This thread is a bit old but I did have a few things I wanted to add. In my business (custom software development - usually video games) we've been forced to demand a down payment on projects. In rare cases has this been a problem but most everyone is willing to pay 20-25% up front, even on million+ dollar contracts. Once someone has some skin in the game, they are better about paying the rest.
Additionally, enforce milestone payments if possible. For instance, if you are making multiple parts force them to pay another 25% after half the order is completed but DON'T turn the parts over to them. Just let them see via photograph, etc. This let's you walk away before they can burn you for the whole order if necessary.
Finally, if it's a big order, have some damages clauses in the contract. Basically, if they try and screw you and you take em to court, you want your contract to help you get all your fees covered and the like. These days, even a small business should be using a contract on orders. It protects you and the client in some cases. Ideally, your contract will also contain some indemnity clause so they can't sue you if you are late on the project though not all clients will sign it. There is a bit of a sticker shock if you have a 30 page contract for a thousand dollar order
"Imagination and Memory are but one thing, but for divers considerations have divers names"
(Note: The opinions expressed in this post are my own and are not necessarily those of CNCzone and its management)
Sorry to hear that. I was hoping some of the same lessons we learned would translate to a small machine shop but it sounds like the might not.Shops wish they could do this.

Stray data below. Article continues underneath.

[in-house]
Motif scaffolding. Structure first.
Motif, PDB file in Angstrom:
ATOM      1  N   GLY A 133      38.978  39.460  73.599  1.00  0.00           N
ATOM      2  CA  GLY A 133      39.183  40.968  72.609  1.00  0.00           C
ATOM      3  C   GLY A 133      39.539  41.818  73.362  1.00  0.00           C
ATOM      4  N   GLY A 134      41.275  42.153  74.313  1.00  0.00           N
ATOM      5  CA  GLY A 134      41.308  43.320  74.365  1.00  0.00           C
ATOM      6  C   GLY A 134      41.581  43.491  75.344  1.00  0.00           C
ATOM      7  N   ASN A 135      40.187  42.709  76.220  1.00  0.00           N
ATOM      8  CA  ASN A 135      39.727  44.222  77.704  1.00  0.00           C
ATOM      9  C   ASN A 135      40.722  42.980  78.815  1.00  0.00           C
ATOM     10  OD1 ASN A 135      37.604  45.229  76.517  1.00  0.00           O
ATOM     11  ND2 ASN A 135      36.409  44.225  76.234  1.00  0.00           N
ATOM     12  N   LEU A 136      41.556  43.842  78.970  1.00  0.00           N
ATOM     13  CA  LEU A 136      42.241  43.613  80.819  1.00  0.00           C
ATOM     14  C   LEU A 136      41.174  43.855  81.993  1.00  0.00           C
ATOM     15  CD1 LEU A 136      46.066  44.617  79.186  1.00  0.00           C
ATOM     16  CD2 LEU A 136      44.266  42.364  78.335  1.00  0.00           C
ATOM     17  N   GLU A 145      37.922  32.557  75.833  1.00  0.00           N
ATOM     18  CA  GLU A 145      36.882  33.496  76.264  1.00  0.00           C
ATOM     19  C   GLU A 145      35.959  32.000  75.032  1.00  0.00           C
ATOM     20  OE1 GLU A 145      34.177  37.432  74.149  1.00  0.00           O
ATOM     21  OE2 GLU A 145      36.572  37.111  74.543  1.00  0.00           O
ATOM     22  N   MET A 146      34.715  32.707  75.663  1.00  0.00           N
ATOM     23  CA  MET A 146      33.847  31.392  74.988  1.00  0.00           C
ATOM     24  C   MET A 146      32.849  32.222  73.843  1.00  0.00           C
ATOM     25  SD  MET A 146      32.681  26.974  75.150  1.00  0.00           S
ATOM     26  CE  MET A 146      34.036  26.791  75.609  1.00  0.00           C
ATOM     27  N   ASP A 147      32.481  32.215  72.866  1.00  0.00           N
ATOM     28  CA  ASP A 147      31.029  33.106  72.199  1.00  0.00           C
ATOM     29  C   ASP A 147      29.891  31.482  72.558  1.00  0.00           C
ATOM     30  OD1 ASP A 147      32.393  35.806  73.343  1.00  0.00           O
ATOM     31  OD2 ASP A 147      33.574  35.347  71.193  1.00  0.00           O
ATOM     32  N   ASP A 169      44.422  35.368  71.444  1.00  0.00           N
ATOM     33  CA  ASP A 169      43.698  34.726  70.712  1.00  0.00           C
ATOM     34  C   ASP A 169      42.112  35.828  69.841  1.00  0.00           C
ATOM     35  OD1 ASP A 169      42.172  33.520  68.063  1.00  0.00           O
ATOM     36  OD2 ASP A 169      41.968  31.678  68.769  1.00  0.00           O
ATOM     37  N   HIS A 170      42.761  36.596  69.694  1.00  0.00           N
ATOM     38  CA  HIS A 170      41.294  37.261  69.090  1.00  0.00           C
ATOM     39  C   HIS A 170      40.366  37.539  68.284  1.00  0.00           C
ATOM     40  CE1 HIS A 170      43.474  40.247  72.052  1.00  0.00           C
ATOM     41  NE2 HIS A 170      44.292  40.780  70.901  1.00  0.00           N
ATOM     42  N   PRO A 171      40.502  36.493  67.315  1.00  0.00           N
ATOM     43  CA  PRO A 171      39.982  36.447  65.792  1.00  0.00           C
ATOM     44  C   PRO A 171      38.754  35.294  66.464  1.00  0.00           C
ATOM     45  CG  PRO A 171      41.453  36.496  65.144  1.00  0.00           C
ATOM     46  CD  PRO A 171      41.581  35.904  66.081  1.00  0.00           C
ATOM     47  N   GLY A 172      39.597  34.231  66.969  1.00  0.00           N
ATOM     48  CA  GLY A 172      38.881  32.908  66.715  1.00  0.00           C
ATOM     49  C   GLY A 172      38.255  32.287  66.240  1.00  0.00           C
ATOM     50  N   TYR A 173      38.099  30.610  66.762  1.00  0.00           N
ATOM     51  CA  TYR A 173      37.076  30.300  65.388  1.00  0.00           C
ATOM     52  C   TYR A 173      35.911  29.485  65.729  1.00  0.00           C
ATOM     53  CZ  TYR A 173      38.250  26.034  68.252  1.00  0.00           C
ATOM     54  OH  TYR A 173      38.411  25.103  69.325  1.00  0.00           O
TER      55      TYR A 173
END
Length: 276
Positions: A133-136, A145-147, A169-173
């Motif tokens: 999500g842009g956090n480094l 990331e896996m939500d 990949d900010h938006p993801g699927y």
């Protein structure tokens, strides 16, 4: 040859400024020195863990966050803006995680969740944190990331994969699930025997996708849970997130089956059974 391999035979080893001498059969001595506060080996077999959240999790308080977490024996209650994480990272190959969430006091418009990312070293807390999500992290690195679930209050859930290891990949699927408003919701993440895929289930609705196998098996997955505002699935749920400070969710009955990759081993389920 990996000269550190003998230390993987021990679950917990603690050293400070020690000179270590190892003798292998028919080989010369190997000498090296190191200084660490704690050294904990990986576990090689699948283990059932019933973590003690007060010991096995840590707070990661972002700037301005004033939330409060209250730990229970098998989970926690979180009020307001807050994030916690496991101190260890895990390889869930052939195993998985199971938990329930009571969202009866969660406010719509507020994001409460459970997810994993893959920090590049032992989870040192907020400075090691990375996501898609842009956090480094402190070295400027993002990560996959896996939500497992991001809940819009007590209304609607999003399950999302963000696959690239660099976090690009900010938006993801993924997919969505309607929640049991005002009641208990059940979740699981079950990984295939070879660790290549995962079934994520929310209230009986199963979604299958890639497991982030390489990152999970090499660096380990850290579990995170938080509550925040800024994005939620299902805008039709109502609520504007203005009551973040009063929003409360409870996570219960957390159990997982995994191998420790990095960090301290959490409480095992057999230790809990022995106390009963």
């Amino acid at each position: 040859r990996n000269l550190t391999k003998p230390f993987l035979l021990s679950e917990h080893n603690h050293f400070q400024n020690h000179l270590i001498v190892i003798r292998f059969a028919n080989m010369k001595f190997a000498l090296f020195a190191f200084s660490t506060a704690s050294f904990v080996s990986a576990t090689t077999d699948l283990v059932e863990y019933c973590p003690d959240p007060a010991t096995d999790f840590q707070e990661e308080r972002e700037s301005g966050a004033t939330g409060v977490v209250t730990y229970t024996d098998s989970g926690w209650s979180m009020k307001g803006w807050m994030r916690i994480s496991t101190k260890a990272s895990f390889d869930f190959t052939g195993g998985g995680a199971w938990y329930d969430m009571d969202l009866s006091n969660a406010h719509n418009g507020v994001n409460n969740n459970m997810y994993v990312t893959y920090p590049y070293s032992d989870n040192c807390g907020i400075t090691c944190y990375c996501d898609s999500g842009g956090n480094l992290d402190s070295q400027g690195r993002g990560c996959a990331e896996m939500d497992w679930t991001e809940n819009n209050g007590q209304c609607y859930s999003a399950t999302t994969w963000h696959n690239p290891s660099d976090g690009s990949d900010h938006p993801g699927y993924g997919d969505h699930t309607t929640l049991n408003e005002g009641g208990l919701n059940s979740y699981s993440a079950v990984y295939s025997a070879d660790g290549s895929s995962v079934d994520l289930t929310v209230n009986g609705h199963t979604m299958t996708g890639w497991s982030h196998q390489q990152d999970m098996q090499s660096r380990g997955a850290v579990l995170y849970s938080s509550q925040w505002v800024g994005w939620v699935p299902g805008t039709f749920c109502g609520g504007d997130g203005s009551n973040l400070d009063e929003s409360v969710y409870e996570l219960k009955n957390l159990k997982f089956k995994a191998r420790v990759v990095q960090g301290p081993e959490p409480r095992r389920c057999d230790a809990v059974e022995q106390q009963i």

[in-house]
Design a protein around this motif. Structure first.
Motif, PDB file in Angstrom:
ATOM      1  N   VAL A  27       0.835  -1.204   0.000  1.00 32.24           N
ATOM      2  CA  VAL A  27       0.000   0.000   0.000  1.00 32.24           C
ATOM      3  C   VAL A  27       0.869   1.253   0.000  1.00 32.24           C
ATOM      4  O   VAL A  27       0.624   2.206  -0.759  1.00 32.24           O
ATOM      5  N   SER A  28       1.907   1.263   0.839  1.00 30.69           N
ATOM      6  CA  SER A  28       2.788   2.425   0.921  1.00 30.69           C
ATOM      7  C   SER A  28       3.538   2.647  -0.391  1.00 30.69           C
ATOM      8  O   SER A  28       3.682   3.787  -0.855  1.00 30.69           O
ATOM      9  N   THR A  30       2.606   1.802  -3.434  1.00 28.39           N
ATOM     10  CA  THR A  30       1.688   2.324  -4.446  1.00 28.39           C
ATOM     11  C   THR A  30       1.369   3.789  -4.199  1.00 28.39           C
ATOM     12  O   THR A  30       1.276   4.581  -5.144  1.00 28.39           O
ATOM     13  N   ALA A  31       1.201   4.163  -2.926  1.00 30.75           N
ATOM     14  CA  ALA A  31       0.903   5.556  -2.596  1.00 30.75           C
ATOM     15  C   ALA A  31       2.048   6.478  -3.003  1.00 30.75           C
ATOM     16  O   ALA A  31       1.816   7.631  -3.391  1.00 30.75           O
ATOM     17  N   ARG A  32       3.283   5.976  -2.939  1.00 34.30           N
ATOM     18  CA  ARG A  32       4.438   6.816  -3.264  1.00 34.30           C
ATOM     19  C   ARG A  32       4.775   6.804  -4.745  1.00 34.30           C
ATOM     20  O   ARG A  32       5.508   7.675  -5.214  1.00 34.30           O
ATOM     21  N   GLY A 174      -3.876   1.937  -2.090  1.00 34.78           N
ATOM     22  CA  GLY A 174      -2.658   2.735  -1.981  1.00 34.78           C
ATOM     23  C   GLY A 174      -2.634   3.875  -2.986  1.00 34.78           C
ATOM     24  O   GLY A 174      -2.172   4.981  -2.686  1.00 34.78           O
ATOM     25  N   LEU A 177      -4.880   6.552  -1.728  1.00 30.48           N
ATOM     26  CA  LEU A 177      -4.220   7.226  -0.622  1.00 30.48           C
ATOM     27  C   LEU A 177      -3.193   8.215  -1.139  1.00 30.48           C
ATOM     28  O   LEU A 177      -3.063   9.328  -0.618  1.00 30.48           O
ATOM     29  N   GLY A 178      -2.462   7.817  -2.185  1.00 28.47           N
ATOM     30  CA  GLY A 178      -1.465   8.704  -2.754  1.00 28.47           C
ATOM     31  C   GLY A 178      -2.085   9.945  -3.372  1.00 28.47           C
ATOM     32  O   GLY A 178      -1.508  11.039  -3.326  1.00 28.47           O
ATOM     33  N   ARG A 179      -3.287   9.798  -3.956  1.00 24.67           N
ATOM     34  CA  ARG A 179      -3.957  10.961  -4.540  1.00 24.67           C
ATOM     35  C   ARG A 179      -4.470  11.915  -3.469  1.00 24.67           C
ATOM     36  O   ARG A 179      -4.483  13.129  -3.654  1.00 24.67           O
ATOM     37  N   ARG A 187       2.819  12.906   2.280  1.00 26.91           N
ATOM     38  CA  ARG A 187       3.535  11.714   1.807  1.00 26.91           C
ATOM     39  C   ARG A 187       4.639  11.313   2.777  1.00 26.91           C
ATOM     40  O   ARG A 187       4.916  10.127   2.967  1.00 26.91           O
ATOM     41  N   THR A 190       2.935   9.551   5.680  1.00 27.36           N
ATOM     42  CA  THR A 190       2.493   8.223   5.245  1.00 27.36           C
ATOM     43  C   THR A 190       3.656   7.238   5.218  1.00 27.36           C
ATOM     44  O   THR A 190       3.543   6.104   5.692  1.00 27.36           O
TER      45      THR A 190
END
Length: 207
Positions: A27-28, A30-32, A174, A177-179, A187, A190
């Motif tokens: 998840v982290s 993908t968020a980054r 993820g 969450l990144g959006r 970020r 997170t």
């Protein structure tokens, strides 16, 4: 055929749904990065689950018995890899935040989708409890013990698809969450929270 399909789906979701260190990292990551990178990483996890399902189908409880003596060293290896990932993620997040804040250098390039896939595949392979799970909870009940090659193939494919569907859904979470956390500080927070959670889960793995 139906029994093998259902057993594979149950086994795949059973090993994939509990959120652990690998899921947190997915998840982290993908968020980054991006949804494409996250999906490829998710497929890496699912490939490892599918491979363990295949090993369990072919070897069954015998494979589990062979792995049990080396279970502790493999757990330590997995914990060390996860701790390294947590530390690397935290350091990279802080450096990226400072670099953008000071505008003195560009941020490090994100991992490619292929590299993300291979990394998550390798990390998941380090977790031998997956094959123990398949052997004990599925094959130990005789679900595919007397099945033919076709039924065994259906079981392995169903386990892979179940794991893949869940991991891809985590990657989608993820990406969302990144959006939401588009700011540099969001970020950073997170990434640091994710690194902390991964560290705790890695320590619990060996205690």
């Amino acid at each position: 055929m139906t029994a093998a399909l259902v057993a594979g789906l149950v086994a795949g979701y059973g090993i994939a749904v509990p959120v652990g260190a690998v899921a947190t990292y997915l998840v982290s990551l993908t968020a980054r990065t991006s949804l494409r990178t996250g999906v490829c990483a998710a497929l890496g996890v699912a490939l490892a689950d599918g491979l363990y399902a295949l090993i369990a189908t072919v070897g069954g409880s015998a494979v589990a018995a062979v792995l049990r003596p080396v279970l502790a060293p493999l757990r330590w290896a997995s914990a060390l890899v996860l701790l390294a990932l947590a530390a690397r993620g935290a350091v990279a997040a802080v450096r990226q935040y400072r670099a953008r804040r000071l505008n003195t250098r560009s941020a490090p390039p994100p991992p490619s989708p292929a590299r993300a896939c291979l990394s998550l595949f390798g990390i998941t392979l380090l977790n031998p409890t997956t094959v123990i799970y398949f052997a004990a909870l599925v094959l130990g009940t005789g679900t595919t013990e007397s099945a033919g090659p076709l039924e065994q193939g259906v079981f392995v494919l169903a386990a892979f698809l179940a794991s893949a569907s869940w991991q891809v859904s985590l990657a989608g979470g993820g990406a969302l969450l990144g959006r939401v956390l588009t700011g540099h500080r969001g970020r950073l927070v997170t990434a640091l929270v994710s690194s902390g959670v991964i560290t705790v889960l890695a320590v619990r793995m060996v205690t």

When we first started and had no reputation or portfolio, we felt we couldn't ask for a down-payment. As we got more confidence, we learned that it was pretty easy and no one really minded except for people that were super cheap and those were people we didn't want to work with in the first place.
One thing that helped immensely is the CEO we hired. He is much more aggressive in negotiating contracts than my partners and I ever were. Ironically, it gets us more money for less work AND the customers seem happier. I can't explain how he does it, but having a real business guru helps more than I'd ever expected.
Is there a problem having a boiler-plate "work for hire" contract that you can use for orders? Basically someone agreeing to pay when the work is completed, an indemnity and confidentiality clause, a pair of out clauses for you and them, etc? In my experience, a contract keeps honest people honest and scares the crooks a bit too. Not to mention, if you have it on paper, the next step is easier.
Lawyers scare people and companies. If you get stiffed but have a contract you can have a lawyer write a rather threatening and scary letter to the person/company that you send via certified mail. This will cost less than $200 tops unless your law firm is ridiculously expensive. We've done this multiple times and it works wonders. The threat of legal action is highly effective when you are clearly in the right and have proof, IE a contract they breached. BTW: we've never actually had to pursue legal action. The threat alone has always been enough. Interestingly enough, this isn't a relationship destroyer you might think it is. Several companies we've done this with took it as a wake up call and are still our clients on later projects.
After the letter, the collections agency and a call to the BBB seems the best bet. We don't use agencies in our industry, not sure why. Probably has to do with the whole "non-material goods" or such. But I assume that having a contract will only make their job easier as well.
Good luck! We've never been burned too badly in the end with these steps but we've had a few low 5-digit losses from deadbeats in the early days. The worst ever was when the client filed chapter 11 as we were finishing up the project and basically gave us 10 cents for every dollar that they owed.